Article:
Supreme Court Takes Stand With Donald Trump

( )- Turns out that former President Donald Trump didn’t violate the Constitution after all — at least because he’s no longer in the White House.

On Monday, the Supreme Court stood behind Trump in overturning a lower court ruling that said he violated the Constitution when he blocked some of his critics from following him on Twitter.

The decision that was made by the 2nd U.S. Circuit Court of Appeals was vacated as a result of the high court’s decision. The Supreme Court sent the case back down to the appeals court, with instructions to dismiss the case as “moot” because Trump is no longer president.

While this may not be a big deal for Trump himself, it could have far-reaching effects on future presidents. Now, there is no court ruling that would bind judges from prohibiting presidents from blocking people on social media accounts.

In 2019, a three-judge panel of that court of appeals unanimously ruled that Trump was acting in his official role as president when he blocked users on Twitter. Because of that, they ruled that Trump was, in effect, excluding people from a public forum, which was in violation of the First Amendment.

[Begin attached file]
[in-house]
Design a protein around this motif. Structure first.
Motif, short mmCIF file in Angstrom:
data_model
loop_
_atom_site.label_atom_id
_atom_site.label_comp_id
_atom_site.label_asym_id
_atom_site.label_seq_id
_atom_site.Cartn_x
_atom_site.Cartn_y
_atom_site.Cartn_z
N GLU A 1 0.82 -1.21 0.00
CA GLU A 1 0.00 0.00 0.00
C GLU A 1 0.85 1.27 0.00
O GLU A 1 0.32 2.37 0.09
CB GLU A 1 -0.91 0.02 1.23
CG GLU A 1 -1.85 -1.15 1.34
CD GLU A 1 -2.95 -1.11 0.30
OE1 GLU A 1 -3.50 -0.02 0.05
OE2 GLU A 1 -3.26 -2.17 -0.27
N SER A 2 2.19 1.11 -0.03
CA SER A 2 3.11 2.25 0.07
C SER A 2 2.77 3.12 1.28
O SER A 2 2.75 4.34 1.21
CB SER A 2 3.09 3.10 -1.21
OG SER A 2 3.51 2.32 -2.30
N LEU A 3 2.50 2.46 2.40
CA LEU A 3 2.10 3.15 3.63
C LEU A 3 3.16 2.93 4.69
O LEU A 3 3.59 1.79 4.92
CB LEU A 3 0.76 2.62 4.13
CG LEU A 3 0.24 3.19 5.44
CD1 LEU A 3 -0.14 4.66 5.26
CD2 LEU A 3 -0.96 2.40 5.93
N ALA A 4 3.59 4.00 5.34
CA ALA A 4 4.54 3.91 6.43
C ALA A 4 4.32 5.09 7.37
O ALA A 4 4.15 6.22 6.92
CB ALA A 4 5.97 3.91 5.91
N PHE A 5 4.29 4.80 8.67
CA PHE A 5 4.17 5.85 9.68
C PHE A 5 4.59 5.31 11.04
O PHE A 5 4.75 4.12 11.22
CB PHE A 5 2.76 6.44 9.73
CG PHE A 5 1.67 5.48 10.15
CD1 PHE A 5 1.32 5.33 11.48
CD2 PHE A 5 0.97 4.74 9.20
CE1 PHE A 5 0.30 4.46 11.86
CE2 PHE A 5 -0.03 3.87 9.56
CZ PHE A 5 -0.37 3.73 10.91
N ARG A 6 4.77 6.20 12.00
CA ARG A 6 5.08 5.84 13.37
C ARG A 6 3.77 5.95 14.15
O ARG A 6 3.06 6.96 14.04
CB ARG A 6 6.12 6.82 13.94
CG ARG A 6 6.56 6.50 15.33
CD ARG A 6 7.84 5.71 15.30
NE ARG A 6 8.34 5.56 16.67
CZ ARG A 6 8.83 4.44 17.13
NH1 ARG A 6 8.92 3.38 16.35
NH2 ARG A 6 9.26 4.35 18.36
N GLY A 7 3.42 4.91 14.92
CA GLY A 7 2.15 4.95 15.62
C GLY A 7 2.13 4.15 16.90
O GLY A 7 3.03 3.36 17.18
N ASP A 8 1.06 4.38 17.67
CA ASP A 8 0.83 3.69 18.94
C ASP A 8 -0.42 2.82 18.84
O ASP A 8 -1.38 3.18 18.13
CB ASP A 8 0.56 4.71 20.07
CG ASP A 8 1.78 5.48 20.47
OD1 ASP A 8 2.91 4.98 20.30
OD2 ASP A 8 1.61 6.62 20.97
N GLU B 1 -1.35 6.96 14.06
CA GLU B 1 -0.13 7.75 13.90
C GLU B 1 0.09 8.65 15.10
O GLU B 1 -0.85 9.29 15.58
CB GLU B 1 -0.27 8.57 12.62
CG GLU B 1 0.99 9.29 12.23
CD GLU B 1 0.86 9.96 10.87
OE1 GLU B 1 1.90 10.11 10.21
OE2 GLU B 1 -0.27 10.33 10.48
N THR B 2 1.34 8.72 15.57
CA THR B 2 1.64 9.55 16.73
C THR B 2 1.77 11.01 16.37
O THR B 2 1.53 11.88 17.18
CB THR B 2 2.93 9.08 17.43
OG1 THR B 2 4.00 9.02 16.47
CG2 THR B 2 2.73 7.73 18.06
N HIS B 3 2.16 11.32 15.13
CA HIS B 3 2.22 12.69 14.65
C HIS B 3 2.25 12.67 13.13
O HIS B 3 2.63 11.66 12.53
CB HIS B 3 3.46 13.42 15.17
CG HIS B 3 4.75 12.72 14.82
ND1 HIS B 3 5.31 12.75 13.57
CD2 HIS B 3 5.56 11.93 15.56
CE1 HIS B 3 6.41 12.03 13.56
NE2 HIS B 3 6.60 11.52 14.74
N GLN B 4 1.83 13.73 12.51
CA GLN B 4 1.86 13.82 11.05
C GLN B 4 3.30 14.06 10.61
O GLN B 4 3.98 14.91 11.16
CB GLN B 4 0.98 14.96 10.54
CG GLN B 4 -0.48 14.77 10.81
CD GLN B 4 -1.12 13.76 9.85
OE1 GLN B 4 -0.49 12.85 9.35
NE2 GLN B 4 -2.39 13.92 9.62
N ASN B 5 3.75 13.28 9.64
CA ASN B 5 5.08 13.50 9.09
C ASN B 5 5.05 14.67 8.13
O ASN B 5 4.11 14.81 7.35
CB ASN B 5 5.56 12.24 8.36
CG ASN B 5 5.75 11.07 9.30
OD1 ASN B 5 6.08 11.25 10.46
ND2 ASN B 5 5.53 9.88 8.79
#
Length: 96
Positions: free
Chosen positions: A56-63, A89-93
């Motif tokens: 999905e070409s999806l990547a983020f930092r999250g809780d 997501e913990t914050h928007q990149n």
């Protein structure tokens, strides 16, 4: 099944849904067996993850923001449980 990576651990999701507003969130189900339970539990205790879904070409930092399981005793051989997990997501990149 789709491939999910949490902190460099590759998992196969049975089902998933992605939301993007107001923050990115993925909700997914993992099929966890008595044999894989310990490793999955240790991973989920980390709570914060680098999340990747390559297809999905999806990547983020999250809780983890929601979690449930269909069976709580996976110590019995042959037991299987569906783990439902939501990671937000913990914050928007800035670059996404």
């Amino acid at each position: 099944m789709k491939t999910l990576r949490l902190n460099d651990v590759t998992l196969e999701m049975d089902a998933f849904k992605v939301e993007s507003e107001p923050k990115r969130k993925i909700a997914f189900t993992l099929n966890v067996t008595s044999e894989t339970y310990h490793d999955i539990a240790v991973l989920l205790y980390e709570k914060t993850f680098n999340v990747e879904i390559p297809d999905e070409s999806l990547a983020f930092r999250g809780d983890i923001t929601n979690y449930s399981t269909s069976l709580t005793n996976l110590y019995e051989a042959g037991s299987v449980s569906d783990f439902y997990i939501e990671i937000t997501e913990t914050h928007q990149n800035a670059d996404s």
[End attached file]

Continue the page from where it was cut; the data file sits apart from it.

The Supreme Court didn’t issue a written explanation for their ruling. There weren’t any noted dissents in the decision.

Conservative justice Clarence Thomas, though, wrote that he agreed with the decision to vacate the decision made by the 2nd Circuit, since Trump is no longer in office.

According to Thomas, the petition highlighted the “principal legal difficulty that surrounds digital platforms — namely, that applying old doctrines to new digital platforms is rarely straightforward.”

He wrote:

“Respondents have a point, for example, that some aspects of Mr. Trump’s account resemble a constitutionally protected public forum. But it seems rather odd to say that something is a government forum when a private company has unrestricted authority to do away with it.”

The Knight First Amendment Institute at Columbia University joined two individuals who were blocked by the former president to bring the suit.

When the suit was originally filed, the Department of Justice asked the Supreme Court to reverse the decision that was made by the 2nd Circuit. On January 19 of this year, one day before the inauguration of President Joe Biden, the DOJ asked the court to dismiss the case since Trump would no longer be in the White House.

The Knight First Amendment Institute actually agreed that the case was now moot, but not for the same reasons that the Supreme Court ruled. The institute believes it’s moot because Twitter banned Trump from their platform.

Jameel Jaffer, who serves as the executive director of the institute said the case “was about a very simple principle that is foundational to our democracy: Public officials can’t bar people from public forums simply because they disagree with them.

“While we would have liked the Supreme Court to leave the Second Circuit’s ruling on the books, we’re gratified that the appeals court’s reasoning has already been adopted by other courts, and we’re confident it will continue to shape the way that public officials use social media.”